Monday, December 14, 2009

Sociopathic Indifference

Atrios: Nobody Could Predicted
We tried to warn them about Lieberman.

They never listen.
QOTD, Steve Benen:
There was a thought, early on in the process, that Lieberman was blowing a lot of smoke, but when push came to shove, he didn't want to be known forever as the man who killed health care reform. That thought was wrong.
QOTD2, Susie Madrak:

So it comes down to this: Joe Lieberman got his widdle feelings hurt, and so Joe will do anything to get back at the mean liberals who hurt his feelings - even if it means hundreds of thousands of people have to die without health care.

Doesn't that make him a sociopath? And doesn't that make the Democrats co-conspirators?

Beutler (TPM): Health Care Reform In Peril; Lieberman Threatens Filibuster Over Medicare Buy In

In a move that senior leadership aides say has left them stunned, Sen. Joe Lieberman (I-CT) has told Senate Majority Leader Harry Reid (D-NV) that he will filibuster a tentative public option compromise unless it's stripped of its key component: a measure that would allow people aged 55-64 to buy insurance through Medicare.

The development casts substantial doubt on whether or not a health care reform bill can pass in the Senate, and even more doubt on whether a bill that does pass the Senate will be reconcilable with substantially more progressive House legislation in such a way that a final reform package can once again pass in both chambers of Congress.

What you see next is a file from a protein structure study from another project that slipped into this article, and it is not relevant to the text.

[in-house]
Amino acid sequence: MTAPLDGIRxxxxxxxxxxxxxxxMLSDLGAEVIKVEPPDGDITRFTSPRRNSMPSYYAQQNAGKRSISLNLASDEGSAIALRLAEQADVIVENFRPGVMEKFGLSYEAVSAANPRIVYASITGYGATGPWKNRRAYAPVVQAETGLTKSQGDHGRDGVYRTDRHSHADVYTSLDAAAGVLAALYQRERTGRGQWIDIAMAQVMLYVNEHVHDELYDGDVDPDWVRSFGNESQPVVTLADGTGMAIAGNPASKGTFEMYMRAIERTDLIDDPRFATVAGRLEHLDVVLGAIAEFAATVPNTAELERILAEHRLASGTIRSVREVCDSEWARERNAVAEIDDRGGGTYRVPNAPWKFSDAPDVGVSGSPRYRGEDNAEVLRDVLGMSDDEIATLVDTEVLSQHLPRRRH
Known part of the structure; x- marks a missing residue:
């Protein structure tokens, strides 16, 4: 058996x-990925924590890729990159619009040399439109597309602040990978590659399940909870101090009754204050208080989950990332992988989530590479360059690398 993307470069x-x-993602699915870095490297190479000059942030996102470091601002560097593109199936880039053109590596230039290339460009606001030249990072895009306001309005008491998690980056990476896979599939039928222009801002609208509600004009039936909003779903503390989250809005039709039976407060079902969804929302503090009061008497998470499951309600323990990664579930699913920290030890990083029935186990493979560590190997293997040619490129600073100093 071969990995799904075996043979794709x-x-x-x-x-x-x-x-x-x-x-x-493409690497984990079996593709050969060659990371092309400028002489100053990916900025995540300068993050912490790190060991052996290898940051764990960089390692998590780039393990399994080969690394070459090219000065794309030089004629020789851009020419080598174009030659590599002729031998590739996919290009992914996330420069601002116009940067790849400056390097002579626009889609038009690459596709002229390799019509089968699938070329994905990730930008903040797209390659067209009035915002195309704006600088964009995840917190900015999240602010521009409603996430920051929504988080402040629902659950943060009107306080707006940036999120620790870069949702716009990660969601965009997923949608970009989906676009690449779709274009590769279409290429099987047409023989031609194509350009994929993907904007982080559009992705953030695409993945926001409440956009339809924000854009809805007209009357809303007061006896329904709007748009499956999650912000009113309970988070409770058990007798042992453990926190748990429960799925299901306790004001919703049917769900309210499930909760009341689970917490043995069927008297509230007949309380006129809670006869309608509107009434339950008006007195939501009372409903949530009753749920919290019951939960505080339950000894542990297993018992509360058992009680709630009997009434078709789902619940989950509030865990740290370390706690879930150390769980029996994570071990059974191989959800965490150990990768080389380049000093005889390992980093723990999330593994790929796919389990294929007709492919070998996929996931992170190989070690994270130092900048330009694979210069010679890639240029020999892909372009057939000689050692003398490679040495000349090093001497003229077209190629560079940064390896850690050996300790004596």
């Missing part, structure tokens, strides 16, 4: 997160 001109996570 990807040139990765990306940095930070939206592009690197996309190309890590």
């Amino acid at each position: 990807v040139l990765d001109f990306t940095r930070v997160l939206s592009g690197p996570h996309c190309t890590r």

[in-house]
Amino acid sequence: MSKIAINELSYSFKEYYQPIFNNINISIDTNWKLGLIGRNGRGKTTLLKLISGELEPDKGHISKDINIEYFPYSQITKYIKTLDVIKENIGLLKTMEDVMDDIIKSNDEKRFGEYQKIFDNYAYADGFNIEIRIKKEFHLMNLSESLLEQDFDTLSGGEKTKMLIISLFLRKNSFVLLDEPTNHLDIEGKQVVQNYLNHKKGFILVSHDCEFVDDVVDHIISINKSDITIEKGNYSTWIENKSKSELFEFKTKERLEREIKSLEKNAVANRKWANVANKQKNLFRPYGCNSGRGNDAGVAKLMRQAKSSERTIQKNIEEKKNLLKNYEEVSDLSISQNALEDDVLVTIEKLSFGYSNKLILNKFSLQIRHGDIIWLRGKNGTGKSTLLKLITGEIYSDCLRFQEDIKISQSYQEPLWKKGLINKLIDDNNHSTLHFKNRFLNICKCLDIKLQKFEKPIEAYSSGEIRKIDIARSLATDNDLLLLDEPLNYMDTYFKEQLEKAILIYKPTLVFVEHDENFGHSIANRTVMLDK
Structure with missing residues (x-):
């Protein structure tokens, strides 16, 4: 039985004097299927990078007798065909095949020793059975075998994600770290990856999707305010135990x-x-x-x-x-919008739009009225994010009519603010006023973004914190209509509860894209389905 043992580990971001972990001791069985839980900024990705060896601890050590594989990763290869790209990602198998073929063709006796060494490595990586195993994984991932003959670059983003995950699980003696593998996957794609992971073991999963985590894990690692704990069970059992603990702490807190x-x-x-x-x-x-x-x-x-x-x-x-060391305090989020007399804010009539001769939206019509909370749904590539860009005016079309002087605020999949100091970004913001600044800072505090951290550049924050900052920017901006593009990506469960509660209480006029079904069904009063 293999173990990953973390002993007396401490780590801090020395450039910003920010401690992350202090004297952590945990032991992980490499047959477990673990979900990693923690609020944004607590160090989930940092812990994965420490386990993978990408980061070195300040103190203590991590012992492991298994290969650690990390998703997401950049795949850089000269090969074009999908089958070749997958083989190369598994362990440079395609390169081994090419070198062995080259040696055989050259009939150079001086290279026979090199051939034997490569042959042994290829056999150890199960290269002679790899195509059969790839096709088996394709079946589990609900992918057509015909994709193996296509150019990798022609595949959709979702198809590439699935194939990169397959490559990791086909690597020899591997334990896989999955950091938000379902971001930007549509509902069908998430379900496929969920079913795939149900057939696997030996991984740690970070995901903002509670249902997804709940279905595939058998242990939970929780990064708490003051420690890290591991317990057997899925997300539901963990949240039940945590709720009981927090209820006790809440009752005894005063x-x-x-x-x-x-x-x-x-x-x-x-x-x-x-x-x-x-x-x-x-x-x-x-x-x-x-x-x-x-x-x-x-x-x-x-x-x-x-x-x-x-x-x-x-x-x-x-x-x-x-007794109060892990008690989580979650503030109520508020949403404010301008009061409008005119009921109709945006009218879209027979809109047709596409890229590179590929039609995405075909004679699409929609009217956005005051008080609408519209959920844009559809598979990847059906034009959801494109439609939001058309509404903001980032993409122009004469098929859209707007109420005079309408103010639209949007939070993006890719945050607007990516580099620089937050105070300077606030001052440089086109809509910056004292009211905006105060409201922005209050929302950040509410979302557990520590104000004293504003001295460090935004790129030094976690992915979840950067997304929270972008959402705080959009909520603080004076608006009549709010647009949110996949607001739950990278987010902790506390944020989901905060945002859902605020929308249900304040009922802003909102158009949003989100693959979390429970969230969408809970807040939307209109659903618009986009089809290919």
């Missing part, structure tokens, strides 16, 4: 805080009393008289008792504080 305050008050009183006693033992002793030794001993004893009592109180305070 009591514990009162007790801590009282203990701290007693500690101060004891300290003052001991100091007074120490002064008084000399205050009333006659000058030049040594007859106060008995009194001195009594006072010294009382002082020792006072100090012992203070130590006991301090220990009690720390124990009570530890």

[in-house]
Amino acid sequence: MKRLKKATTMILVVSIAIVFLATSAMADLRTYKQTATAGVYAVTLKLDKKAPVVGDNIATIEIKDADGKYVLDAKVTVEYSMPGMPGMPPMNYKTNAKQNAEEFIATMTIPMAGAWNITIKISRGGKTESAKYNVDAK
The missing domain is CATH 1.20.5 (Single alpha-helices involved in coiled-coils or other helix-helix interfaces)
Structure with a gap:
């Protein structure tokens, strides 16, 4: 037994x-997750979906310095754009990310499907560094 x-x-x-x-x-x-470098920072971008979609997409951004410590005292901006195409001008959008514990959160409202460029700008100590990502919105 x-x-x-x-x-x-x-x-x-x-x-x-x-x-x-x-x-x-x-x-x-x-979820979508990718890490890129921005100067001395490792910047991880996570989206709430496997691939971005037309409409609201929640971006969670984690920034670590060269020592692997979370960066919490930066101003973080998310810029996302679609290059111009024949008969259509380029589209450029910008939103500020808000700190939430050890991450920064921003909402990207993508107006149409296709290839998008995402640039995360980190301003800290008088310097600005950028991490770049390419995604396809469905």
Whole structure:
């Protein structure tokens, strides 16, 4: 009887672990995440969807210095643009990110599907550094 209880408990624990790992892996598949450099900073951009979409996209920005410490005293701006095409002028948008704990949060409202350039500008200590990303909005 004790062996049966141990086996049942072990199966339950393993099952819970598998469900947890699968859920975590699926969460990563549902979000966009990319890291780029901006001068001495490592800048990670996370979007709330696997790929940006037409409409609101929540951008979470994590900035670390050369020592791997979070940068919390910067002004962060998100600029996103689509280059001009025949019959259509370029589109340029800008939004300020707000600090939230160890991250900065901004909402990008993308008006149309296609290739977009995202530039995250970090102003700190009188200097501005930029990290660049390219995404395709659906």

Lieberman told Reid this afternoon, after a contentious appearance on Face the Nation, that he's a "no" vote on the new compromise unless the Medicare buy-in is stripped, and he's not even waiting for the CBO to weigh in--a move one leadership aide described as "extremely unfair."

What makes the new turn even more outlandish in the eyes of leadership and others is that Lieberman ran for Vice President on a platform that included a Medicare buy-in for people not-yet eligible for the program. Last week, he and Reid clashed when Lieberman began raising less definitive objections to the plan.

This afternoon, on Face the Nation, Lieberman said that, to get 60 votes, "You've got to take out the Medicare buy-in. You've got to forget about the public option. You probably have to take out the Class Act, which was a whole new entitlement program that will, in future years, put us further into deficit. And you've got to adopt some of the cost containment provisions that will strengthen cost containment, that all of us favor."